I agree with your explanation of the logic. But I disagree with your statement:

    What I am saying is that the various alternative explanations for observed warming, which run the gamut from “Falsification of Data” to “Increased solar output” are all easily dismissed.

    With this, we can embark on reviewing the evidence you have for your statement. Before we do, however, please consider whether we can do this review better and with more focus under the Post "D. CO2 Effects," since this review seems to lie outside the subject of this Post 6.

  66. William McClenney

    My apologies. Down with pneumonia past two weeks, including last feverish post (didn't know I had pneumonia at that time).

    @158

    1. I am not aware that anyone has conclusively proven this to date.

    2. There are a great many references on this point, but since I have corresponded with Manfred several times, I decided to post this one:
    http://manfredmudelsee.com/publ/pdf/The_phase_rel

    The phase relations among atmospheric CO2 content, temperature and global ice volume over the past 420 ka
    Manfred Mudelsee
    Quaternary Science Reviews 20 (2001) 583-589

    "Over the full 420 ka of the Vostok record, CO2 variations lag behind atmospheric temperature changes in the Southern Hemisphere by 1.3$1.0 ka, and lead over global ice-volume variations by 2.7$1.3 ka. However, signi"cant short-term changes in the lag of CO2 relative to temperature, subsequent to Terminations II and III, are also detected."

    And of course, on the dramatically shorter transitions between this interglacial, and the last one back, the better reference (which I have quoted here before is:

    Classification of Dansgaard–Oeschger climatic cycles by the application of similitude signal processing

    Jordi Solé , Antonio Turiel, Josep Enric Llebot

    Physics Letters A 366 (2007) 184–189

    "In this work ice-core CO2 time evolution in the period going from 20 to 60 kyr BP [15] has been qualitatively compared to our temperature cycles, according to the class they belong to. It can be observed in Fig. 6 that class A cycles are completely unrelated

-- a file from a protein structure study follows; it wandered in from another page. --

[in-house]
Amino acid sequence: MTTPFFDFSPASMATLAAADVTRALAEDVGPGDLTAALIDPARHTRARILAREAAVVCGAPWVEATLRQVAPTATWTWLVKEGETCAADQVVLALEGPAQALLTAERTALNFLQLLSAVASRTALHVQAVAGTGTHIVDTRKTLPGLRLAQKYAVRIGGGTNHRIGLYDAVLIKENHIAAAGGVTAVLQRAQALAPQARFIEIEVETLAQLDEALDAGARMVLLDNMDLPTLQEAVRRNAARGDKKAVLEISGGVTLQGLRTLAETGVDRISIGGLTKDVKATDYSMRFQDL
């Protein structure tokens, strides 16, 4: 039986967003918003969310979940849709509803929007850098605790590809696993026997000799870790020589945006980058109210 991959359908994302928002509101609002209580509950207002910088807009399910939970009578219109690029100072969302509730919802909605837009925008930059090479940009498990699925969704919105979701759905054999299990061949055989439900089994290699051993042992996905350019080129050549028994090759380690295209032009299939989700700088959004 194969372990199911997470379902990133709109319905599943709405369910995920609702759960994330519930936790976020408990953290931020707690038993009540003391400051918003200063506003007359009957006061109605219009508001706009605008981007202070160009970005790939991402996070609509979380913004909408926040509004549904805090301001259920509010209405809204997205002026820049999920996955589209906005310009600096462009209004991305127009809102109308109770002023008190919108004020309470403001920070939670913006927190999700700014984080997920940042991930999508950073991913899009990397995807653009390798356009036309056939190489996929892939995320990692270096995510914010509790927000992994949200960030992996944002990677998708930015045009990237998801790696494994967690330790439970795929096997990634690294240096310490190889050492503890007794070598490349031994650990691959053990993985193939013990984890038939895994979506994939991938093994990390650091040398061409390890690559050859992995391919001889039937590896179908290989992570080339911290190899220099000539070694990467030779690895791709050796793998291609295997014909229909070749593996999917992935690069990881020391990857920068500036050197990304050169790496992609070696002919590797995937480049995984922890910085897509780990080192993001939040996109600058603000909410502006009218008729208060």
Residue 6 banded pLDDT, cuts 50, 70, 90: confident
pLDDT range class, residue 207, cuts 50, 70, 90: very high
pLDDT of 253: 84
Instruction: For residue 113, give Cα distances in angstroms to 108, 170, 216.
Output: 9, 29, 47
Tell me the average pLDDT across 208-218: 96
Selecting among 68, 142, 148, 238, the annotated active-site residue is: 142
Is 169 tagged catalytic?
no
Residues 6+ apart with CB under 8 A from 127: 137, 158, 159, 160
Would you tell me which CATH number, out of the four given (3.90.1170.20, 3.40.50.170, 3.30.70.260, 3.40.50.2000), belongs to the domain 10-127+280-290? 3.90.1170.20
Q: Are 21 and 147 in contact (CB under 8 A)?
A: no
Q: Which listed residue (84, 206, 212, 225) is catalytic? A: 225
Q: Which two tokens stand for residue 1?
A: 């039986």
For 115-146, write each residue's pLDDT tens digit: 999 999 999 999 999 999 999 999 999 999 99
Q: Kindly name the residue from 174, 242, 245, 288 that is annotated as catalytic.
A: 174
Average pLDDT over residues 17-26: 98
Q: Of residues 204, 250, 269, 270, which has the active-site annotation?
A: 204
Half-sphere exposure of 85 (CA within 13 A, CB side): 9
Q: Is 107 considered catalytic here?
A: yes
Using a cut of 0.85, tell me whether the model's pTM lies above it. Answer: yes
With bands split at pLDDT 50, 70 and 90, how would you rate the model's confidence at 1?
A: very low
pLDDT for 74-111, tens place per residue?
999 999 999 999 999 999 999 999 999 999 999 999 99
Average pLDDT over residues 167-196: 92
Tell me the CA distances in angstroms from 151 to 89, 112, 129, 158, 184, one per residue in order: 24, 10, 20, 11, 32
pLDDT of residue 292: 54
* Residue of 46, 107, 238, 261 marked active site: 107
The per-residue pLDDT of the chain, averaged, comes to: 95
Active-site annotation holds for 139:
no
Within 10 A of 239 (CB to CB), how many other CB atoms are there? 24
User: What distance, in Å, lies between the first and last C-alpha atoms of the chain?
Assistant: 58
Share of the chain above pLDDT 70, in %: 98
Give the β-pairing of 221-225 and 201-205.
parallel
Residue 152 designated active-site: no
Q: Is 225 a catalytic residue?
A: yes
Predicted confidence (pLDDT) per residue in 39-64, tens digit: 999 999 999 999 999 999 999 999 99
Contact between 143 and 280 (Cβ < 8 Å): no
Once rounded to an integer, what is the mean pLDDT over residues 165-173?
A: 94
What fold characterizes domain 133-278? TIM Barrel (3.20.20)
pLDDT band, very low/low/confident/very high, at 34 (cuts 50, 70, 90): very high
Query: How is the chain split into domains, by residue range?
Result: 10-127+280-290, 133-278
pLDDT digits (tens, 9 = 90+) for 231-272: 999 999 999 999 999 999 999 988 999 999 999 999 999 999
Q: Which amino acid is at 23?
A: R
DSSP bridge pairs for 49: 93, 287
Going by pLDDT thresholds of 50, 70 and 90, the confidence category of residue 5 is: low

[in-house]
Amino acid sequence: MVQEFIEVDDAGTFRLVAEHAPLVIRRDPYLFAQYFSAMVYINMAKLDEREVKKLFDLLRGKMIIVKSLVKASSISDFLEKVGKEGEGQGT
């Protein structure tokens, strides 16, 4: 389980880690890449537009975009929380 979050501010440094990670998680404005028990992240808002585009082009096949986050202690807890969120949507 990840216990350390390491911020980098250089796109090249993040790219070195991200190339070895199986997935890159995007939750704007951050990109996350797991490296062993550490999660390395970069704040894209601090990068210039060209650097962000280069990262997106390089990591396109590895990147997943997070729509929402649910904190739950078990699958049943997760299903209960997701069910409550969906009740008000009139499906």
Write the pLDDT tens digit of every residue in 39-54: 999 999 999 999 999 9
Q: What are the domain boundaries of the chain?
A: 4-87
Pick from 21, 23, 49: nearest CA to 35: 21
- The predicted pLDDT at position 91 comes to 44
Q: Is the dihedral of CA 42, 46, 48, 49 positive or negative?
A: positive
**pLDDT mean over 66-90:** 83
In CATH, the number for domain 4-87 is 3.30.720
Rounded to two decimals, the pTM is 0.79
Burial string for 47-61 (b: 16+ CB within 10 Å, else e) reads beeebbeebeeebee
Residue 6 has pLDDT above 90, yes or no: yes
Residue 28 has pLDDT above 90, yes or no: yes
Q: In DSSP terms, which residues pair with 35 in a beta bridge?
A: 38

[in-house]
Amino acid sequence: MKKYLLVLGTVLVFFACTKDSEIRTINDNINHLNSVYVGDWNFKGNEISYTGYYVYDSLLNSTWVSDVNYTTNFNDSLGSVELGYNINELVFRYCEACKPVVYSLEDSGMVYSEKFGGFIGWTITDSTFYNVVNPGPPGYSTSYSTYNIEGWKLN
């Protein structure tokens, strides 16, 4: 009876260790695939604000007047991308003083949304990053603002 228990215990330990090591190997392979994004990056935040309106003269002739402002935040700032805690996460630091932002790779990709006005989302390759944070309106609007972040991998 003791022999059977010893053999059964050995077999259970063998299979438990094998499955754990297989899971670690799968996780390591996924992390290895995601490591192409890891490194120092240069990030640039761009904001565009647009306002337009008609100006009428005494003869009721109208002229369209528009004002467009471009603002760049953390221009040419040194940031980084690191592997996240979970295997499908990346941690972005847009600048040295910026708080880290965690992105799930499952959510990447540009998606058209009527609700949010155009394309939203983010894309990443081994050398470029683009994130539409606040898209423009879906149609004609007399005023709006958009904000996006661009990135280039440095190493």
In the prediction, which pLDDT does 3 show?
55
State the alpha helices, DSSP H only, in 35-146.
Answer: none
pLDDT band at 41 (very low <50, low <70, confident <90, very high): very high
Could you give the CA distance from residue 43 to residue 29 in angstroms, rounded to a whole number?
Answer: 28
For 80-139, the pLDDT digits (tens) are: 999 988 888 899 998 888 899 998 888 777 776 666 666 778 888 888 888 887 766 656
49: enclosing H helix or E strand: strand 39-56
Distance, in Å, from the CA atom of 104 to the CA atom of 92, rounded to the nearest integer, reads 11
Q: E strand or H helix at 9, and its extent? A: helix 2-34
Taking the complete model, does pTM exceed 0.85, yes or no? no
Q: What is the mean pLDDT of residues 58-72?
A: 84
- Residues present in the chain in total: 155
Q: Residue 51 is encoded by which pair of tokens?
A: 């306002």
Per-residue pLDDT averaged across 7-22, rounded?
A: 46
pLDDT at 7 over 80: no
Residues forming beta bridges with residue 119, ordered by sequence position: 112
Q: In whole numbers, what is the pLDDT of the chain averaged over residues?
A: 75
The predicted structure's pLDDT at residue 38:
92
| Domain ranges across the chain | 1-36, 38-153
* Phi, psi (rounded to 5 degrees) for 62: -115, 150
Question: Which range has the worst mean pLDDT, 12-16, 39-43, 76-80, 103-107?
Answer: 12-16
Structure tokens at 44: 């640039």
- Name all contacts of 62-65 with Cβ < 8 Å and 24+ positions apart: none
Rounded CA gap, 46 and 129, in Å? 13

to changes in CO2 concentration. We have observed some correlation between B and C cycles and CO2 concentration, but of the opposite sign to the one expected: maxima in atmospheric CO2 concentration tend to correspond to the middle part or the end the cooling period. The role of CO2 in the oscillation phenomena seems to be more related to extend the duration of the cooling phase than to trigger warming. This could explain why cycles no coincident in time with maxima of CO2 (A cycles) rapidly decay back to the cold state."

    5, 6, 7 Although I frequently see expostulations regarding CO2 as the driver, the ice core data, deep ocean drilling program, marr and palynological data have yet to support CO2 as a causative agent for positive temperature excursions in the paleoclimatic record. Numerous hypotheses pervade the literature, from Broecker's initial float of the THC, to solar irradiance etc., but the fact remains that as of this time, no one really knows.

  67. Tom Vonk @141, Dr.Eric replies to you @148:

    "you do not realize that WHEN WE USE THE HISTORICAL RECORD OF THE ICE CORES for measuring sensitivities to CO2 the effects of clouds are “automatically” incorporated into the magnitude of sensitivity thereby determined. Now it is true that modelers do have to know all these complex details of clouds when they are predicting the future with computer modes. But Mother Nature is doing that for us when we use the historic record. So if you think I am ignoring the effects of clouds, please think again."

    I cannot resist.

    First, when the concept of "slow feedback" is invoked, and more warming forces more ocean outgassing and more CO2 in a feedback loop, the entire concept of "sensitivity" becomes meaningless, because the CO2 is no longer independent variable, it is a coupled variable (aka "emergent" variable, in climatardant speak), it emerges out of control of experimenter. Thus, the whole concept of "slow sensitivity" is inherently flawed.

    Second, while the Mother Nature does reflect all changes in all variables (which includes clouds) in the projection of climate state onto single borehole in the middle of Antarctic, the Mother Nature stays in deep silence and is not helping when someone tries to analyze and separate an effect of one variable (CO2) from compound effect of all other, much more potent variables.

    In other words, we have a map

    T(vostok) <= f{1/albedo, 1/clouds, sun, dust, aerosols, CO2, … , whatever};